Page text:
In order to be cogent in their criticism, critics of the Bush administration must believe that they drew the line between acceptable and unacceptable questioning in the wrong place. It is entirely fair to ask them where they, the critics, believe the line should have been drawn, and then to make them explain in legal and moral terms the difference between their endpoint (let’s say, 42 on our 1-100 scale) and the CIA’s endpoint (say, 55). Of course, they seldom answer such questions, as many of them have never considered the matter as a continuum of increasingly harsh treatments, some of which are acceptable and some not.
On the contrary, they’re actually claiming something a lot more unbelievable than just “They drew the line in the wrong place.” Not only do they think the line was drawn in the wrong place, they believe there exists an absolute moral precipice between where they, the critics, would draw the line and where Cheney & Co draw it. They think that at their safe 42, they’re strolling in moral purity, earning the kudos of the moral universe, but that somewhere between that point and 55, Cheney has fallen off an immense cliff, from moral purity into the deepest depths of degradation so obviously immoral that nations cannot tolerate the very thought of it. Once we’ve taken pejorative terms like “torture” out of the picture and explained the progressive scale of interrogation we’re examining, the claim simply becomes a joke; they can’t possibly be serious, no such precipice exists. Some harsh acts are permitted, others forbidden, but the line between them is more or less arbitrary, and the differences are differences only of degree. And if the cowards among them retreat their line to an obviously safe spot — like, anything beyond the Comfy Chair and the glass of scotch is over the cliff — we snort and put them on “ignore”; again, they can’t possibly be serious, and no nation on the planet adheres to such a standard, nor should they.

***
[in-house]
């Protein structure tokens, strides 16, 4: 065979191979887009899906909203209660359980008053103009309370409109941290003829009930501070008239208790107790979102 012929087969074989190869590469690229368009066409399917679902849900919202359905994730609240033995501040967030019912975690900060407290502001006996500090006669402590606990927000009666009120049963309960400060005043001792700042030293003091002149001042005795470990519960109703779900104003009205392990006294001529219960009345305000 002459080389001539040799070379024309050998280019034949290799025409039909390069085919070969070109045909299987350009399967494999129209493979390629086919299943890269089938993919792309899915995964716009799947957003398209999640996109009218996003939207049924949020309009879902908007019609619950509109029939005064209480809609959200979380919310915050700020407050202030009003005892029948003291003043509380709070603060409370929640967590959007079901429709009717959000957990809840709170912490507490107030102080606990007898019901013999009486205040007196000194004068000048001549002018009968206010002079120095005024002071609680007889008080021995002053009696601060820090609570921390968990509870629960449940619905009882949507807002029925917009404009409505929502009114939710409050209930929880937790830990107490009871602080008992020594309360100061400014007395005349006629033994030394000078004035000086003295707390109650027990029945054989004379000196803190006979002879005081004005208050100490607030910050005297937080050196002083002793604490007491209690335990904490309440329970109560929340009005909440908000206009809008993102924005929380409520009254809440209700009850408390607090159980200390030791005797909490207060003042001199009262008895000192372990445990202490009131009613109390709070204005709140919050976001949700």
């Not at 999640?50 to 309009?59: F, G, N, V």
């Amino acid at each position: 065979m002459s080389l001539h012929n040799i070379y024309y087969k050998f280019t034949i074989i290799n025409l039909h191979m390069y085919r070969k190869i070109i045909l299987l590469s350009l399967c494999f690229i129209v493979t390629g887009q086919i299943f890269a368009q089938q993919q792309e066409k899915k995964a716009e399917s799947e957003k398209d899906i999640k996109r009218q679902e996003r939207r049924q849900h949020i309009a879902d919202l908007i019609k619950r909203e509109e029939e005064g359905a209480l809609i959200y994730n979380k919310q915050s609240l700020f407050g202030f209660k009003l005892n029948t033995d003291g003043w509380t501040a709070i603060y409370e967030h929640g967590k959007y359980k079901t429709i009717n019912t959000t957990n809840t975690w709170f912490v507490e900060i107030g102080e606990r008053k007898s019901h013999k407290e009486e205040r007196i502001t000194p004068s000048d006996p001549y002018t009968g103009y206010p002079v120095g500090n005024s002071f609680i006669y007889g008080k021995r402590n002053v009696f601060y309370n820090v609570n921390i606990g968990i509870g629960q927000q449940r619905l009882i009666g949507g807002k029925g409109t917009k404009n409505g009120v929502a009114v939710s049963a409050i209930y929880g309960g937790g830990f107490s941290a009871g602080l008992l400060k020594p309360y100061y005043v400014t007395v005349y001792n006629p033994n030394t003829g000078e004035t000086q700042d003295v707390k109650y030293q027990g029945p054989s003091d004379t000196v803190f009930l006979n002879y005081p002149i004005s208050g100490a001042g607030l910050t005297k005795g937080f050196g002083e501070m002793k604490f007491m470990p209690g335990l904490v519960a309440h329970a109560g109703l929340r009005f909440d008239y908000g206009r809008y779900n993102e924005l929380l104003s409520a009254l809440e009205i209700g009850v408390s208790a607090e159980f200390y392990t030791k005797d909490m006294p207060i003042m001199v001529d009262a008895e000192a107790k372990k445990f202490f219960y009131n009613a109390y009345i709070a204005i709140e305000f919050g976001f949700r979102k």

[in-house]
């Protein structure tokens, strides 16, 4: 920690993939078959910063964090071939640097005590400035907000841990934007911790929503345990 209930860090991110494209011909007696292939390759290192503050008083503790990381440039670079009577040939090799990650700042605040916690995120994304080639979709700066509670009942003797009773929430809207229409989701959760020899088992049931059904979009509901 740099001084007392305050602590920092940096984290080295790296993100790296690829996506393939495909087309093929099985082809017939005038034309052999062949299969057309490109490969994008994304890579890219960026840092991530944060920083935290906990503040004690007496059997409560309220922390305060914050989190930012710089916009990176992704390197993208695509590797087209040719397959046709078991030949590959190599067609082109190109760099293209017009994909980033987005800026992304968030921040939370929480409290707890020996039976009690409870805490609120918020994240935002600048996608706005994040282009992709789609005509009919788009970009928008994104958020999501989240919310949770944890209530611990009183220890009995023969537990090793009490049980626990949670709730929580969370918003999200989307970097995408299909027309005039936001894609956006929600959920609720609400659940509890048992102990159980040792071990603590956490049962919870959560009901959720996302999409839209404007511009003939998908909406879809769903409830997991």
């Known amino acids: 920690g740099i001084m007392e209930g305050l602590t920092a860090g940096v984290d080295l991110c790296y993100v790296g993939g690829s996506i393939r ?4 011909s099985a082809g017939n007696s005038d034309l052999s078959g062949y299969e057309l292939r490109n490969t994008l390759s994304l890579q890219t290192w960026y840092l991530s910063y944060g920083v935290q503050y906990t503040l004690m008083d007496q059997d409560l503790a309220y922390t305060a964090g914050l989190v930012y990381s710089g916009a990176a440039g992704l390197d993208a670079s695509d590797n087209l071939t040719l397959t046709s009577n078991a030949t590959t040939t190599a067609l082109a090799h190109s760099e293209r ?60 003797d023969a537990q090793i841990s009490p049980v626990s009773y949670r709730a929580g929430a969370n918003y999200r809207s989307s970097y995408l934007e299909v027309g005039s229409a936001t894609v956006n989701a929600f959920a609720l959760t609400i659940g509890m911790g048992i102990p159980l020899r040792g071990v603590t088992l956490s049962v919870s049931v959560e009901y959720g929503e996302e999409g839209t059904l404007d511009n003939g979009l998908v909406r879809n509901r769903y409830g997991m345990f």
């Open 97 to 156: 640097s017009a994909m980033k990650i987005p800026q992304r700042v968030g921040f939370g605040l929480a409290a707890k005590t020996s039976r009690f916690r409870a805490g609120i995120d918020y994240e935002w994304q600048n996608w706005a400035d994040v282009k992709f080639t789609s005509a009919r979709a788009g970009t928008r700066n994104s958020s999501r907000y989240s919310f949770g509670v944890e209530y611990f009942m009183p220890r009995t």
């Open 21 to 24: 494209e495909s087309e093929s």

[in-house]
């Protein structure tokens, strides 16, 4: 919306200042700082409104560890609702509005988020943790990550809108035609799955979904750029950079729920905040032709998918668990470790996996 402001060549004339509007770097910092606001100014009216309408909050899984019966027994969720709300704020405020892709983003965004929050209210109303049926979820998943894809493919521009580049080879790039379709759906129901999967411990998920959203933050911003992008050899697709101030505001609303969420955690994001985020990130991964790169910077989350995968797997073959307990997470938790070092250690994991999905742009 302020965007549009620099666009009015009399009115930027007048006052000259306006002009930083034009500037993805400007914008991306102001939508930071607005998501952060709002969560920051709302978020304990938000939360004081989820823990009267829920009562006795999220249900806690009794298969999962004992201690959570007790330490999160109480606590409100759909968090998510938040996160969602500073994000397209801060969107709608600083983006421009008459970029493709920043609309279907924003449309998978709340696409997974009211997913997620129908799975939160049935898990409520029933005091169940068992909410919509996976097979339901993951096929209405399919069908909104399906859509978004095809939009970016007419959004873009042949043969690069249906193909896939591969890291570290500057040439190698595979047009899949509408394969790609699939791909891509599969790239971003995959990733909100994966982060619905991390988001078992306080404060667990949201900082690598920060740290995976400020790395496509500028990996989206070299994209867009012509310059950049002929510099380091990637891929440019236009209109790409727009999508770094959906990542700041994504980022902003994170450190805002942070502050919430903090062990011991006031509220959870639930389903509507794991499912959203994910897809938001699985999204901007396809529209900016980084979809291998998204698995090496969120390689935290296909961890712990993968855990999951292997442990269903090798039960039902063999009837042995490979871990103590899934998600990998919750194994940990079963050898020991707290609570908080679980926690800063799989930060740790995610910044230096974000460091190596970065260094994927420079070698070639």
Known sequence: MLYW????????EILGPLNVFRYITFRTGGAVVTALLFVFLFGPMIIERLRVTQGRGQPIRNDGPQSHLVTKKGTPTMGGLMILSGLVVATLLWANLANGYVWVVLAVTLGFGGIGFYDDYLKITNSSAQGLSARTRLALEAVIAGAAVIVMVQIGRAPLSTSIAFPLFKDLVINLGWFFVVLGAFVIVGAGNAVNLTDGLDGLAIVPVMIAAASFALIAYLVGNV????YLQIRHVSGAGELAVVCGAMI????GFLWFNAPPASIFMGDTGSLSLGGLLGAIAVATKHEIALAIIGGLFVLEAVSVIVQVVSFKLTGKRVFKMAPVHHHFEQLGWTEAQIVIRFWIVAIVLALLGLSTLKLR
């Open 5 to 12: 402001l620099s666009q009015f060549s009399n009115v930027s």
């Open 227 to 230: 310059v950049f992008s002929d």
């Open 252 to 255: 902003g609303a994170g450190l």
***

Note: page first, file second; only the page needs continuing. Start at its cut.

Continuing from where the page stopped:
What’s obvious here is that they’re not engaging in sound thinking at all, but playing some sort of game. The Back Talk blog that I linked to at the top of this article calls their position “moral exhibitionism,” asserting that they’re simply trying to buttress their own egos by asserting moral superiority. Tammy Bruce makes a similar diagnosis, calling these folks “malignant narcissists.” For many, I think, that’s all it is — they’re infants in adult bodies, playing at “I’m better than you, nyah nyah.”
But for others, it’s something a lot more sinister. These began a process about 8 years ago that said this: “The Republicans have made our Democratic President look like a moral cretin. We have to make theirs look worse.” I recall dozens of progressives saying precisely that, in writing (ignoring the simple fact that it was the Democratic President who made himself look like a moral cretin, and the Republicans were simply doing their jobs.) The process has proceeded without ceasing for the last 8 years, with a clear intent to criminalize any normal aspect of governance that could possibly be made to look criminal. Phrases like “a secret legal cabal” to describe the President’s ordinary consultation with his private attorney makes it clear that that’s what’s being done. This is not analysis, nor principled opposition (though such opposition is possible and does exist). The fact is that the Democrats in Congress were briefed more than 30 times on the interrogation regimen, and most of them approved it heartily; their moral preening on the subject today is rank hypocrisy, and an exercise in political theater aimed at fooling the voting population into voting Democrat. It’s the rot at the heart of the tree of liberty. Such people are dangerous. This, and not Cheney’s responsible governance, is an evil worth opposing.